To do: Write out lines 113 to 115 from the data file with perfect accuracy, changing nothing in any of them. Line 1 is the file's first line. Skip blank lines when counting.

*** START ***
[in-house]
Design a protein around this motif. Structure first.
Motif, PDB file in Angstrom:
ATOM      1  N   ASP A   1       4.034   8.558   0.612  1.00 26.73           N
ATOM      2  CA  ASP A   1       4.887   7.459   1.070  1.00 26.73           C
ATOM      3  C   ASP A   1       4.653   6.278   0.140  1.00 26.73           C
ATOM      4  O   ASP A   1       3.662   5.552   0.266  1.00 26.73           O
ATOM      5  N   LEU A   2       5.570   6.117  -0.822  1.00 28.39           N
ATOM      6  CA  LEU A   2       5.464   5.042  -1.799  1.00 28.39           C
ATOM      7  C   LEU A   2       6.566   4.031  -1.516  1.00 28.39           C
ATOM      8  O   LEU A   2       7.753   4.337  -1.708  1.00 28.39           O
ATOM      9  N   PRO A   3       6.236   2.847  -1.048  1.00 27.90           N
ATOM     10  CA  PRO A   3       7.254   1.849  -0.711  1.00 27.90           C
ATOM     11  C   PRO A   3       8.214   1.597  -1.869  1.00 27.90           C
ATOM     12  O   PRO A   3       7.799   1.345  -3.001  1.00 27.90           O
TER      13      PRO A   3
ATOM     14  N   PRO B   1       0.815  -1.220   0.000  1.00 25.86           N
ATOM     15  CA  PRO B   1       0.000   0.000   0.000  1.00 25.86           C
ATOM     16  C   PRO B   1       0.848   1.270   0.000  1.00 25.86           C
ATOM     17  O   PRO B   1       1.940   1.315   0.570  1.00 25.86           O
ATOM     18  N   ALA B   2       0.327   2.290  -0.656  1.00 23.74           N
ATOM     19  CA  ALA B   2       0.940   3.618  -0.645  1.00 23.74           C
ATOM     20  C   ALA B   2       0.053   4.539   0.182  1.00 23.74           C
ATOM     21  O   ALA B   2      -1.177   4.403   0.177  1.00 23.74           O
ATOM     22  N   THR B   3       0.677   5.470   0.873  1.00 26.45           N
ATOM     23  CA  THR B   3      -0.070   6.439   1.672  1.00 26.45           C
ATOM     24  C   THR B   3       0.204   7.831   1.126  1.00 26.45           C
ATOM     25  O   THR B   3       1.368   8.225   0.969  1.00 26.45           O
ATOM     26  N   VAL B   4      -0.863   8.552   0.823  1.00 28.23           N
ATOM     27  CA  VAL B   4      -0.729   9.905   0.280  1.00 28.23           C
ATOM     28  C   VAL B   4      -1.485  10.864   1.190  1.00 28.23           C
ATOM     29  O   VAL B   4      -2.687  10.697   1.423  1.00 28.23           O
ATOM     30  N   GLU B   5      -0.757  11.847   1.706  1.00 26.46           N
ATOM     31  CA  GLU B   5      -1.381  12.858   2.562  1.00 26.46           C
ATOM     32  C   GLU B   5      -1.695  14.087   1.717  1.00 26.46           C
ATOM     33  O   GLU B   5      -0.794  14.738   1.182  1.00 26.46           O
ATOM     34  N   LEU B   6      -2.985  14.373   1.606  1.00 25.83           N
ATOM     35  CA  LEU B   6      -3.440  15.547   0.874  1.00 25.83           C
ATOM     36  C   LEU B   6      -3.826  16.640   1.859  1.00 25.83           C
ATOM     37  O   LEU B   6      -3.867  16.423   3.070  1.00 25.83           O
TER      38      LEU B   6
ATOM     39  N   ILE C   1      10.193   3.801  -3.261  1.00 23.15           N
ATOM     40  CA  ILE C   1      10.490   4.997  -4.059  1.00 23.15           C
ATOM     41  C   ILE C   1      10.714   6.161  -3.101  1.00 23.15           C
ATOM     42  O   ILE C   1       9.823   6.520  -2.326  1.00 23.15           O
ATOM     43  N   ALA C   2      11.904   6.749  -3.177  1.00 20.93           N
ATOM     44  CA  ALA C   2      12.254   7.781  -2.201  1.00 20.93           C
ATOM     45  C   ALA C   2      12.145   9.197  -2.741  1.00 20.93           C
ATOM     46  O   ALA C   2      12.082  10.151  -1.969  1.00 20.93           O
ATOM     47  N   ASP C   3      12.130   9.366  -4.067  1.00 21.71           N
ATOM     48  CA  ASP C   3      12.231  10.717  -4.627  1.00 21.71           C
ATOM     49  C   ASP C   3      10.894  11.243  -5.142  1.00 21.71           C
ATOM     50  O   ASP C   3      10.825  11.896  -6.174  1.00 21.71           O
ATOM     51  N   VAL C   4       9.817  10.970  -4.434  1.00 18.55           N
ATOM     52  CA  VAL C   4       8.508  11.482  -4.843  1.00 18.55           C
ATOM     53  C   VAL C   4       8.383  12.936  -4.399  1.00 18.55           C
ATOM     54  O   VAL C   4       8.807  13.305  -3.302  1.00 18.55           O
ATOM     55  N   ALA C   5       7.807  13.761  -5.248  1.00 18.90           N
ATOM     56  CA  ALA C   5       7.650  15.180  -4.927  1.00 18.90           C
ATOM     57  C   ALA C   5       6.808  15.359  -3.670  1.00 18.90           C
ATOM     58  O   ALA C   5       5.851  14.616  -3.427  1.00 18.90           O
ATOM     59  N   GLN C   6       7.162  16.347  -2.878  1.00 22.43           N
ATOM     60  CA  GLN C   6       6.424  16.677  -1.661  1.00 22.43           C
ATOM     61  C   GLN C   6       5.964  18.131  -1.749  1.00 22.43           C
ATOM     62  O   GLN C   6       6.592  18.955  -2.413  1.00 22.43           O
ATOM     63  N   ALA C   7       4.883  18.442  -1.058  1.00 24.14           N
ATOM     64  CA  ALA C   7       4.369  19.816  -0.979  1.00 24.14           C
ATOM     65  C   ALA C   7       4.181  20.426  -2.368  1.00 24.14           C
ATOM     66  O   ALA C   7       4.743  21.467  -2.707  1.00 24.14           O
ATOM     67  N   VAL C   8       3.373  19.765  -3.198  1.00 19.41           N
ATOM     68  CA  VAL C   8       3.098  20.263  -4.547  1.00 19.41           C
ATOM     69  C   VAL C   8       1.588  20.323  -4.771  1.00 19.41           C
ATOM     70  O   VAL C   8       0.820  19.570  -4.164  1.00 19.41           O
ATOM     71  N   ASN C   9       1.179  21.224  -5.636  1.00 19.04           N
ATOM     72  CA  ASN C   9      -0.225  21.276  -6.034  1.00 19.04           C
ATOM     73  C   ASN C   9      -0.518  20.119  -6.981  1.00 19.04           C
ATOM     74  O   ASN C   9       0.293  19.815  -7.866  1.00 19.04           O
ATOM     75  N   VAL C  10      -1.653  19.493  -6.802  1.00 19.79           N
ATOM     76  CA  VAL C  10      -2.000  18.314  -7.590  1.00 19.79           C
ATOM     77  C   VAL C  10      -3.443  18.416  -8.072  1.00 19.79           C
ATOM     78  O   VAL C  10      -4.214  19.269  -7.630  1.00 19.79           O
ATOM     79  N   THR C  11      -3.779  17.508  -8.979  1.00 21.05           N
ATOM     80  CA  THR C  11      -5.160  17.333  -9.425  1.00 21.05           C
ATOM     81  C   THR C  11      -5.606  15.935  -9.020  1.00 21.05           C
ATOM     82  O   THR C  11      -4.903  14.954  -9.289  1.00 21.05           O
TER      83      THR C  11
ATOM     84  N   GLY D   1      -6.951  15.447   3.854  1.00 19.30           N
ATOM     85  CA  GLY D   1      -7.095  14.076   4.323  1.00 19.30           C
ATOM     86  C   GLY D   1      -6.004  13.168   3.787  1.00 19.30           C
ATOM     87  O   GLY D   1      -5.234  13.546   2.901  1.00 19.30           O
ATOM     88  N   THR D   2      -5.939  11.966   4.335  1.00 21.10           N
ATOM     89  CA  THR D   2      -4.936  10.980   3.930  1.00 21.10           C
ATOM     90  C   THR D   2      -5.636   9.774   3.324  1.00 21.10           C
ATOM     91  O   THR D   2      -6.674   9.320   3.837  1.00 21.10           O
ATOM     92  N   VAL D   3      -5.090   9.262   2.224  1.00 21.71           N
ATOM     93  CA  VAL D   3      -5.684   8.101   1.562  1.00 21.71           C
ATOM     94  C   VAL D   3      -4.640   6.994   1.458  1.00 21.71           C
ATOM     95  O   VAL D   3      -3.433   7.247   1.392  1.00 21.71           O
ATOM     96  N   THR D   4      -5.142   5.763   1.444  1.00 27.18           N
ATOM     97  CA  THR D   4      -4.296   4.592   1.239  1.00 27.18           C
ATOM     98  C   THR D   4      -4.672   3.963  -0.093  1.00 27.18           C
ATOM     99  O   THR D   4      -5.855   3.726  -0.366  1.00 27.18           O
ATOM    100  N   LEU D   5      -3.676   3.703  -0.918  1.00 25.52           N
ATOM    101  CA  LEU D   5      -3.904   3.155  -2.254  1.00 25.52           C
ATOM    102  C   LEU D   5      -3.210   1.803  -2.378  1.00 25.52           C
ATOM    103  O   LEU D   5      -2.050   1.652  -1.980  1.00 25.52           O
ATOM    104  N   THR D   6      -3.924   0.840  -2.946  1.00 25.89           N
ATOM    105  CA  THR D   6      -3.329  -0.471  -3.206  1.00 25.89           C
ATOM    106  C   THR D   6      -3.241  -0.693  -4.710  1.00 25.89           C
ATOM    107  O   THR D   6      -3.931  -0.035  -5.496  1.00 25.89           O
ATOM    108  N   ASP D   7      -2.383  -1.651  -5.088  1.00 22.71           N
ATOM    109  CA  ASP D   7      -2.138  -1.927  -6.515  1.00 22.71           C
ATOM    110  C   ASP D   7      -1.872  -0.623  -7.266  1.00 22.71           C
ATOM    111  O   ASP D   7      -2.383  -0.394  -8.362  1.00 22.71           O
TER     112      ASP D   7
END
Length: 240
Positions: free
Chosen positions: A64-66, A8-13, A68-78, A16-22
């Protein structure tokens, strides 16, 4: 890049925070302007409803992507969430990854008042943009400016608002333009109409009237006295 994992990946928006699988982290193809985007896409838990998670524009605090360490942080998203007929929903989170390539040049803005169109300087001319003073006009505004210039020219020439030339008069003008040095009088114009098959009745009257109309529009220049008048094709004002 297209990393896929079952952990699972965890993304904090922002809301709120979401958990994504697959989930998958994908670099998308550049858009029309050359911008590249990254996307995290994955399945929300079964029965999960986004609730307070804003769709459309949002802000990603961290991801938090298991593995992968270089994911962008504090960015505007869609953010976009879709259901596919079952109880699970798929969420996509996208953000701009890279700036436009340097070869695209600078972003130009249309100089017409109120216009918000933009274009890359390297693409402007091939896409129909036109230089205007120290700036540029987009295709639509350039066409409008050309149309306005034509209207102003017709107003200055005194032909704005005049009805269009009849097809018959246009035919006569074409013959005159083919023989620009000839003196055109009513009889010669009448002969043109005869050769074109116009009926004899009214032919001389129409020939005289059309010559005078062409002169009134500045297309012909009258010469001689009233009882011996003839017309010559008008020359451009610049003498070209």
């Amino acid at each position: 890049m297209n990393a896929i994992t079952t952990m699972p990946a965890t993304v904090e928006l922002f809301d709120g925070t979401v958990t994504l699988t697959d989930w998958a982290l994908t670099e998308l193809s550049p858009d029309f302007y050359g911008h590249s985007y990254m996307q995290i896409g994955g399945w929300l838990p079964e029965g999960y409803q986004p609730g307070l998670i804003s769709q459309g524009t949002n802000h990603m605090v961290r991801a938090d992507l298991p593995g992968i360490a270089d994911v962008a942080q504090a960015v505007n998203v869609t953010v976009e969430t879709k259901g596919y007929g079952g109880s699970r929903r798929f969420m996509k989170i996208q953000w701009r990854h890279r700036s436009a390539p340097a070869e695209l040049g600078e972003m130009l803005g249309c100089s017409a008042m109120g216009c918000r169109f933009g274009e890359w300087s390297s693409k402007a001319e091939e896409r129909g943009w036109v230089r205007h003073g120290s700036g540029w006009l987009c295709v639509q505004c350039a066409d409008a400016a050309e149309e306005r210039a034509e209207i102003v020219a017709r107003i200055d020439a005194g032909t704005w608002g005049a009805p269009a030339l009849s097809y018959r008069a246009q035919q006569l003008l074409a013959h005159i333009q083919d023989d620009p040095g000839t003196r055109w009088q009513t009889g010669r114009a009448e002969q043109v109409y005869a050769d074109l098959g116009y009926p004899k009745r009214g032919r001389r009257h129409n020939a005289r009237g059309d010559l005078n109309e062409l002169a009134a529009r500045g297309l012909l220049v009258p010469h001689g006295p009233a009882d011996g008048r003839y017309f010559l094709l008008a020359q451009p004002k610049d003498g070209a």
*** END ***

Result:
ATOM    110  C   ASP D   7      -1.872  -0.623  -7.266  1.00 22.71           C
ATOM    111  O   ASP D   7      -2.383  -0.394  -8.362  1.00 22.71           O
TER     112      ASP D   7